A: According to the Small Business Administration (SBA), 30 percent of new businesses fail within their first two years. Banks have to take into account the reality that new businesses present a higher credit risk than more established businesses. However, in addition to business tenure, most banks consider your personal credit score while extending credit.

Q: If you don't have a business credit score, what are some good ways to start building one?

A: Getting a business credit card is one of the best ways to start building business credit. By establishing good payment behavior with your business credit card, you can establish healthy business credit, which can make a big difference when it comes time to apply for a larger business loan.

Q: What happens if your startup fails and you can't pay your business credit card off?

A: A business credit card is no different from a personal credit card in that you carry the liability of paying off the balance. Make sure to pay off your credit card loans – be it your business or personal credit card – because it will impact your credit score. 

Rapid-fire

Q: What piece of technology could you not live without?

A: I'd have to say Amazon's Alexa, because she's like a member of our family. My kids love talking to Alexa. They can ask her to play their favorite music, she tells us the scores of the games we may have missed, she even helps us with weather so we can plan our outfits for the day. I would miss Alexa if she were gone. [Want to learn more about how you can use Alexa for your business? Check out our guide.]

Q: What is the best piece of career advice you have ever been given?

A: You have to be passionate about your work. No matter where you are in your career, if you enjoy what you're doing, everything else will fall into place. This career advice rings true for me, especially in the face of challenges. If you love what you're doing, you can get through anything.

Q: What's the best book or blog you've read this year?

A: I'm currently reading "Sapiens: A Brief History of Human Kind" by Yuval Harari, and I've also started "Homo Deus: A Brief History of Tomorrow," which is the sequel. It's been interesting to read them together, because "Sapiens" is a look back at who we are as a species, and "Homo Deus" is a look forward about who we'll become. It's fascinating to consider how our roles are going to change, how technology will change and how our jobs will change, taken along with the social and climate impact. It's pretty powerful.

Q: What's the biggest risk you've taken professionally? Did it pay off?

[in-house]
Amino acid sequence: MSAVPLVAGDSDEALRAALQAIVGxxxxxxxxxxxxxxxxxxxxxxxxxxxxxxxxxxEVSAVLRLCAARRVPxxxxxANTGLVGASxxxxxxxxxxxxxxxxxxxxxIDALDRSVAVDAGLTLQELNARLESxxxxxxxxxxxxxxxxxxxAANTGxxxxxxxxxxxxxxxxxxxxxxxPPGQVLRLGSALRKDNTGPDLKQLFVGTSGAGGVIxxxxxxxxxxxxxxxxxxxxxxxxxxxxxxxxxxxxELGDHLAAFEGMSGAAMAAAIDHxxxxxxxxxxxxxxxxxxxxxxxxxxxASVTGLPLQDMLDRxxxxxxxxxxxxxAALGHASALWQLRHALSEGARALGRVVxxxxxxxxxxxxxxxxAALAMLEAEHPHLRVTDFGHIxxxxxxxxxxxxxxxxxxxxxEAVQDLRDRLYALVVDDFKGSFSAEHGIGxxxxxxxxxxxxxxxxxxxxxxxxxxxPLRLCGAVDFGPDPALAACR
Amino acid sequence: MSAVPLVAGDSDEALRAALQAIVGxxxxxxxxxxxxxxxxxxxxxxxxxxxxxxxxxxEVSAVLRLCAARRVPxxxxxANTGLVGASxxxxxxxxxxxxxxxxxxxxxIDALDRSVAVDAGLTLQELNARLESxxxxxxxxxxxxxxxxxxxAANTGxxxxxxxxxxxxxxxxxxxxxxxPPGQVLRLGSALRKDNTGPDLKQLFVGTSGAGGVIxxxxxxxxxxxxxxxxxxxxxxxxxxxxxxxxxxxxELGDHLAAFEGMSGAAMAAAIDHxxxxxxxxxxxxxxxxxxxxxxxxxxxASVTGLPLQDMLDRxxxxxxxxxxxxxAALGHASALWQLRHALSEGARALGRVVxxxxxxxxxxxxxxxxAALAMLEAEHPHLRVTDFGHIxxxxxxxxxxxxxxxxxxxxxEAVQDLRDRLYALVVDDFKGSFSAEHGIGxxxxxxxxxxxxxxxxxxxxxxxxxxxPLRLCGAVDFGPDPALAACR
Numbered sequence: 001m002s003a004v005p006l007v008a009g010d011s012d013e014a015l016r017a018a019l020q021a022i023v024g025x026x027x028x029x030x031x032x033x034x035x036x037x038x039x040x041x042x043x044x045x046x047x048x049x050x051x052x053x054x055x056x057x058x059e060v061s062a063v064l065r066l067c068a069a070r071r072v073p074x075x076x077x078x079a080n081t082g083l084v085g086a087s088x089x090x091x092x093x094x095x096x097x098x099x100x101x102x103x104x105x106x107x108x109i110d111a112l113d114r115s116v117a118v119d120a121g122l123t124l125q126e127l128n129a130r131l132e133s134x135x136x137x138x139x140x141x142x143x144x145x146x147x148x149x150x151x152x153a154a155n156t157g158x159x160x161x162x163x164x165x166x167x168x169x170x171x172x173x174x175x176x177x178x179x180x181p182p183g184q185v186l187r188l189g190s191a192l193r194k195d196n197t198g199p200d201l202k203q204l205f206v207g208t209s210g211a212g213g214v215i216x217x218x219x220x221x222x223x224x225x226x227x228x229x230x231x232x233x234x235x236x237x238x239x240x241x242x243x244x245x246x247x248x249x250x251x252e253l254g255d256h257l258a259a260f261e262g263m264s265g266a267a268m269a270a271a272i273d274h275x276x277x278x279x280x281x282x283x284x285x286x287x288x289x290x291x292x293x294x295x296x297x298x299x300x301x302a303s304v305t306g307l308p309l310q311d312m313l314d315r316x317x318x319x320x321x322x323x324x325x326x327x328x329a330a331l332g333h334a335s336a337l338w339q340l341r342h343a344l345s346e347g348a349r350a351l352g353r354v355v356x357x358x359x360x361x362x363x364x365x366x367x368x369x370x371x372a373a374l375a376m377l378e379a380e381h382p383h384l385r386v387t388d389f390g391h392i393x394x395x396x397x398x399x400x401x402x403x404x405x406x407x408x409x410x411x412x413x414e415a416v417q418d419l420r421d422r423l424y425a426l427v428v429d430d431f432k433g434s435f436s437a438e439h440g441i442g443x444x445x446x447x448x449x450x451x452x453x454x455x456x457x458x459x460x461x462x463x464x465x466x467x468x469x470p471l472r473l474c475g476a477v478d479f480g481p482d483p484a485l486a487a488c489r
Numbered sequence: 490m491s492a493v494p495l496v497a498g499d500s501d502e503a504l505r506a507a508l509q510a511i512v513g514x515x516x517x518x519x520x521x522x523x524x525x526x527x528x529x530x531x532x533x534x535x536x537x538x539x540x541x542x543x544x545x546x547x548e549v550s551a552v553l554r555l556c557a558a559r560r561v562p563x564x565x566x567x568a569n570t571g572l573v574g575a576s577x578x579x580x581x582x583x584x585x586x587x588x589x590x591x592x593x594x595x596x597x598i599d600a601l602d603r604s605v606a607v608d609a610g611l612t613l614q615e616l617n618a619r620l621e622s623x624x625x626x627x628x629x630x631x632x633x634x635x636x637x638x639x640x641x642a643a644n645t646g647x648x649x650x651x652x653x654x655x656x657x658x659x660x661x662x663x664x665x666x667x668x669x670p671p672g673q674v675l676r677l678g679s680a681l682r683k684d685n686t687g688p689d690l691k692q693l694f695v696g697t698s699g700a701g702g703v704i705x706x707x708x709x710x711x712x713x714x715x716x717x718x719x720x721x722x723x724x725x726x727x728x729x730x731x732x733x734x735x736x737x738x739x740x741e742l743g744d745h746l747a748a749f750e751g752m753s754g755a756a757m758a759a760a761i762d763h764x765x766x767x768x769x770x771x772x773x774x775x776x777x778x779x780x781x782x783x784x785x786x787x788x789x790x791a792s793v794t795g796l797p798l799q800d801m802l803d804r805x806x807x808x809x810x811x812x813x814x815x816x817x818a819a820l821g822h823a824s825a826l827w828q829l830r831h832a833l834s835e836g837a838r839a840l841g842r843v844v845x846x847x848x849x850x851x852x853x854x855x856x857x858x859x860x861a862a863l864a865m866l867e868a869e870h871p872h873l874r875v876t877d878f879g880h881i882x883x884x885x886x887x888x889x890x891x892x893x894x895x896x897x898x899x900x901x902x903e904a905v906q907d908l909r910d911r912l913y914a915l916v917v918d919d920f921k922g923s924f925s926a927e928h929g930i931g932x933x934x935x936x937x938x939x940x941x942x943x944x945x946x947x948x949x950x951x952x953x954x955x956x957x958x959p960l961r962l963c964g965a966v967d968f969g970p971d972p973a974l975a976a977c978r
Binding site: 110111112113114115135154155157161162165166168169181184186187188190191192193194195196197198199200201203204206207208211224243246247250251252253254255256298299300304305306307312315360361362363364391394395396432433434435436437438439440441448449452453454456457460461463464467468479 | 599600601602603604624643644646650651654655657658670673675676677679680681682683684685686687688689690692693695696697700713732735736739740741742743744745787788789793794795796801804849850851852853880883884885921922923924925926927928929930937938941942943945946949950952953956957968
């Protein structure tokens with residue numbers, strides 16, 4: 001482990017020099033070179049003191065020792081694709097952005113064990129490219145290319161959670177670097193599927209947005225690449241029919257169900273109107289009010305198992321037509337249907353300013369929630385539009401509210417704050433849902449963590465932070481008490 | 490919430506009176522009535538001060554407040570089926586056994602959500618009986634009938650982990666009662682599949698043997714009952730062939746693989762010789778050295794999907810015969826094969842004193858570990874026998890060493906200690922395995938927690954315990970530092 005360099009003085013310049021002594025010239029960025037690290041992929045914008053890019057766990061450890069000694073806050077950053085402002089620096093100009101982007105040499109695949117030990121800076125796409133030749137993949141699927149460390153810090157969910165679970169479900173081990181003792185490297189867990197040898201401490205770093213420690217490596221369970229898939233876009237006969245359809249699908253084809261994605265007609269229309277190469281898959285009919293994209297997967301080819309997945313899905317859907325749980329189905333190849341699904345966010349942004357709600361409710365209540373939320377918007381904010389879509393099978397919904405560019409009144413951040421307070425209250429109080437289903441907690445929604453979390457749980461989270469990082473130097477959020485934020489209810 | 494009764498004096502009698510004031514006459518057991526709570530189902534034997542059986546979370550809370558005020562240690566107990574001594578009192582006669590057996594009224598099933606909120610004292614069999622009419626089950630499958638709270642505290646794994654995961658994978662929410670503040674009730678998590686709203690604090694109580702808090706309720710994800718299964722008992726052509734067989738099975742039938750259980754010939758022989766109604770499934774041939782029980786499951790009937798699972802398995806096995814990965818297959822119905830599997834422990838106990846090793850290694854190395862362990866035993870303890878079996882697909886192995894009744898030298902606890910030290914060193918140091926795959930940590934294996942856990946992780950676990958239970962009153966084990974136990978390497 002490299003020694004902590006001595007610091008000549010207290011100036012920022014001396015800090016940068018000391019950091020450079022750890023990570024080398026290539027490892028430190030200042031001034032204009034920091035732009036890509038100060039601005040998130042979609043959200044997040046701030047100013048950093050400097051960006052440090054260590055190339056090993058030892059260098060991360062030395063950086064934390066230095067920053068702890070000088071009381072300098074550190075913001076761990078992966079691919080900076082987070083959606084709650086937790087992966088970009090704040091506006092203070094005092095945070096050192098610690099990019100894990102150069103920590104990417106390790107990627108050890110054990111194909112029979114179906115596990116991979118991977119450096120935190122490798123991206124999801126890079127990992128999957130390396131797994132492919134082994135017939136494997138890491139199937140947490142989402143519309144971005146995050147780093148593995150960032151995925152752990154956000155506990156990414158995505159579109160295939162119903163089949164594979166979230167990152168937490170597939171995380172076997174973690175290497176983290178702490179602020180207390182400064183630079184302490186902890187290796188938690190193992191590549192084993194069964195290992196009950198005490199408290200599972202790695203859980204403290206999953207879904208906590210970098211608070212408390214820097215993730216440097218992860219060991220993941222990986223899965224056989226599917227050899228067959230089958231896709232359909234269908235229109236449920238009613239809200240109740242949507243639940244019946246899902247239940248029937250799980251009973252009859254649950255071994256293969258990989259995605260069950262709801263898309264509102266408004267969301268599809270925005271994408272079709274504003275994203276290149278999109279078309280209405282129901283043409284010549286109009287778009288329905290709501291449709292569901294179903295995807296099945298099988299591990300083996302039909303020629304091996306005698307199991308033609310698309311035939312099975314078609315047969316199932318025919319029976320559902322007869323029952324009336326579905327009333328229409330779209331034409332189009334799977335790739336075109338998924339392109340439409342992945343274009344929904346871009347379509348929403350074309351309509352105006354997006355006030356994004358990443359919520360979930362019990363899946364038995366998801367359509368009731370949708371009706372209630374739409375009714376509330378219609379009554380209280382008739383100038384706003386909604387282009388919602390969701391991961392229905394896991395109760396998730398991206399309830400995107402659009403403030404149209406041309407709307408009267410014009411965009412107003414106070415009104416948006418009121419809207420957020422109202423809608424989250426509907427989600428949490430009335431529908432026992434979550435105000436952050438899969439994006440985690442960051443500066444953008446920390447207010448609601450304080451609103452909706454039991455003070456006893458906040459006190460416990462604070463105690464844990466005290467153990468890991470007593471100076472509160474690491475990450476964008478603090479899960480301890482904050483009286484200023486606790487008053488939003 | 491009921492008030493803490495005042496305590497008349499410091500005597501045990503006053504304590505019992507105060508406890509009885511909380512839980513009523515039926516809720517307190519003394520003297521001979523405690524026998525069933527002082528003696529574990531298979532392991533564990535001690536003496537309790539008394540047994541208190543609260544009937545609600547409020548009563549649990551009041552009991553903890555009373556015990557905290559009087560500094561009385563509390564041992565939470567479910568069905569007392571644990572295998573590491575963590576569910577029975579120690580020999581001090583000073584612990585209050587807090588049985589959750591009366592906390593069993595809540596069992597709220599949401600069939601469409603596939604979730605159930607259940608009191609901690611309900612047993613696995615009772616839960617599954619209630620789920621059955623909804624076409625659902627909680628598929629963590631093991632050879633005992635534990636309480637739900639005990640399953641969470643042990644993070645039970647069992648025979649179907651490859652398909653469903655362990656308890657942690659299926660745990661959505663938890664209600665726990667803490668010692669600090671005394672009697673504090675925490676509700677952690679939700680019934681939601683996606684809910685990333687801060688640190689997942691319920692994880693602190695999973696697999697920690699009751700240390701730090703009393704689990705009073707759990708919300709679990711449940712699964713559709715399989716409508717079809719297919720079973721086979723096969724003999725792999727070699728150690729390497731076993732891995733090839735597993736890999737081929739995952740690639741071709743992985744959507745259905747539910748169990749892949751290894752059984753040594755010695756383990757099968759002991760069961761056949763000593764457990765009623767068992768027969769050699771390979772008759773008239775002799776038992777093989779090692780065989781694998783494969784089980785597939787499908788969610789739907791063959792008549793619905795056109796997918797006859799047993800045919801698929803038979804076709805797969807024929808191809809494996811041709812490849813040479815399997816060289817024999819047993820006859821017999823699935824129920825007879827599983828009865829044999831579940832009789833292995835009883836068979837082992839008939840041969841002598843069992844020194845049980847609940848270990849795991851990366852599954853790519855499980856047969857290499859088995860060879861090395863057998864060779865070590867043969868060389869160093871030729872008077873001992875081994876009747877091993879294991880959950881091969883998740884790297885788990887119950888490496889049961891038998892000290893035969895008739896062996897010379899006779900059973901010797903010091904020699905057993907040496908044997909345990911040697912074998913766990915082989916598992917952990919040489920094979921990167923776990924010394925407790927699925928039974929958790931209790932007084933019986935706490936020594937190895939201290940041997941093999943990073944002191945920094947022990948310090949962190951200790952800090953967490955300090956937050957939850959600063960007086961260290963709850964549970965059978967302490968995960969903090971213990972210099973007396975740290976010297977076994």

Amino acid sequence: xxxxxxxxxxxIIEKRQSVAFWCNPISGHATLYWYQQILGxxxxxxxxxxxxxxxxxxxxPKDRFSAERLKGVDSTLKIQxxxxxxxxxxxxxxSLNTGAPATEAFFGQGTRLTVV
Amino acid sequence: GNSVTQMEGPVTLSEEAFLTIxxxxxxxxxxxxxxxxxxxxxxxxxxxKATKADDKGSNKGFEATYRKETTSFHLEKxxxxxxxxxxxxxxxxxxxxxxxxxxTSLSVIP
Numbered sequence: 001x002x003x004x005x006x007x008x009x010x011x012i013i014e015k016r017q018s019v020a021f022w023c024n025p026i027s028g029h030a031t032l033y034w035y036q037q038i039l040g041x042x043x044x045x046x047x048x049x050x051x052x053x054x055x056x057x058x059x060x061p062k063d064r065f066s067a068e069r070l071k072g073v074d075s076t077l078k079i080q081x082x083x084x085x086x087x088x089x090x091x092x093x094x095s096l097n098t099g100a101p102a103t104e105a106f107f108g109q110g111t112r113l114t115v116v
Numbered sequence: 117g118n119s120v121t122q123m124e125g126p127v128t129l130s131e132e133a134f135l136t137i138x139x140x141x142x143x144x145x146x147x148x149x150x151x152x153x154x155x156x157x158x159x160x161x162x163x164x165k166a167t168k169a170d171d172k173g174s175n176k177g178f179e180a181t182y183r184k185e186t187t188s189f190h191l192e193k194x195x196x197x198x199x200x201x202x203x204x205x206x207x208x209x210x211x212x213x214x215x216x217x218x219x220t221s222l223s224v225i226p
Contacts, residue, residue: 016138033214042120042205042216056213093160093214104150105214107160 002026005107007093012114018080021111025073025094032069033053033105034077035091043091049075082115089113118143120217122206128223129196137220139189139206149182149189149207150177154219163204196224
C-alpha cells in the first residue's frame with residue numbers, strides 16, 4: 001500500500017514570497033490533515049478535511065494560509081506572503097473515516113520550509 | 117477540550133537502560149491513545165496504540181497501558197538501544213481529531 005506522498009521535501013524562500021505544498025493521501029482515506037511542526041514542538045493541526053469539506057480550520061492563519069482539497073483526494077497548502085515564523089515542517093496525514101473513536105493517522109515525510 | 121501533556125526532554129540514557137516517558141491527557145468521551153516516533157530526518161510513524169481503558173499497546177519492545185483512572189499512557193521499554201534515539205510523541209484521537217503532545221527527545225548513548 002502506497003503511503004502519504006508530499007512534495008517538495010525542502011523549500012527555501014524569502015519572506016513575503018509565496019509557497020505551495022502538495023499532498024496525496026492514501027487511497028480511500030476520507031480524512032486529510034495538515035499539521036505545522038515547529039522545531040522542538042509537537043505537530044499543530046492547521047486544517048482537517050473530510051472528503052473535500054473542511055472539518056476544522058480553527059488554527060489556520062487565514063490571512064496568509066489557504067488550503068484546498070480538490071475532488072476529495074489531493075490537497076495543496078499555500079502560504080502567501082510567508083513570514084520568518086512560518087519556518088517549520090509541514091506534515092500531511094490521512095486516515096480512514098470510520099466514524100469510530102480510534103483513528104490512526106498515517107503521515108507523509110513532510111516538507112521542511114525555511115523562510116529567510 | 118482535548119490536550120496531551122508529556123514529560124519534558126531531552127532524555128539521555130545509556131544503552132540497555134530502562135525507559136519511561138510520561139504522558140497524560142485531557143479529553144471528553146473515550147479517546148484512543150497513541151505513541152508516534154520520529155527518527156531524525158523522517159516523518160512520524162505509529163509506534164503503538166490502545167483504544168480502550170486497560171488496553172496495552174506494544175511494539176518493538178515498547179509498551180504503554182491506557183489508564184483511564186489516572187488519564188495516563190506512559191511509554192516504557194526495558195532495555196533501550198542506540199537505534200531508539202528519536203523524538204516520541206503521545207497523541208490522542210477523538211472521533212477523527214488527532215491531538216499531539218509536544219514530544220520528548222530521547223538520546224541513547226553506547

A: A lot of roles I've taken on at Discover have been pretty risky, which is what I prefer. One of the biggest risks was when I became chief of staff to our chief marketing officer. It was a multidimensional role with very high exposure, and it involved a lot of critical and strategic problem-solving. It was also a big change from my background in analytics to more of a general management role. The risk paid off because it ultimately led to my current role overseeing the launch and rollout of our new Discover it Business card.

Q: What's the one thing you want to make sure you accomplish this year?

A: Discover, as a company, has embraced a more agile, test-and-learn mentality, especially from a technology standpoint. One of the things I want to accomplish this year is to bring that same approach to the Discover it Business card rollout, so that we're able to move more quickly when it comes to meeting the evolving needs of small business owners.

Chad Brooks
Chad Brooks
Chad Brooks is a Chicago-based writer with more than 20 years of media experience. A graduate of Indiana University, Chad began his career with Business News Daily in 2011 as a freelance writer. In 2014, he joined the staff as a senior writer. Currently, Chad covers a wide range of B2B products and services, including business phone systems, time and attendance systems, payroll services, and conference call services. Before joining Business News Daily, Chad spent nearly a decade as a staff reporter for the Daily Herald in suburban Chicago. Chad's first book, "How to Start a Home-Based App Development Business," was published in 2014. He lives with his wife and daughter in the Chicago suburbs.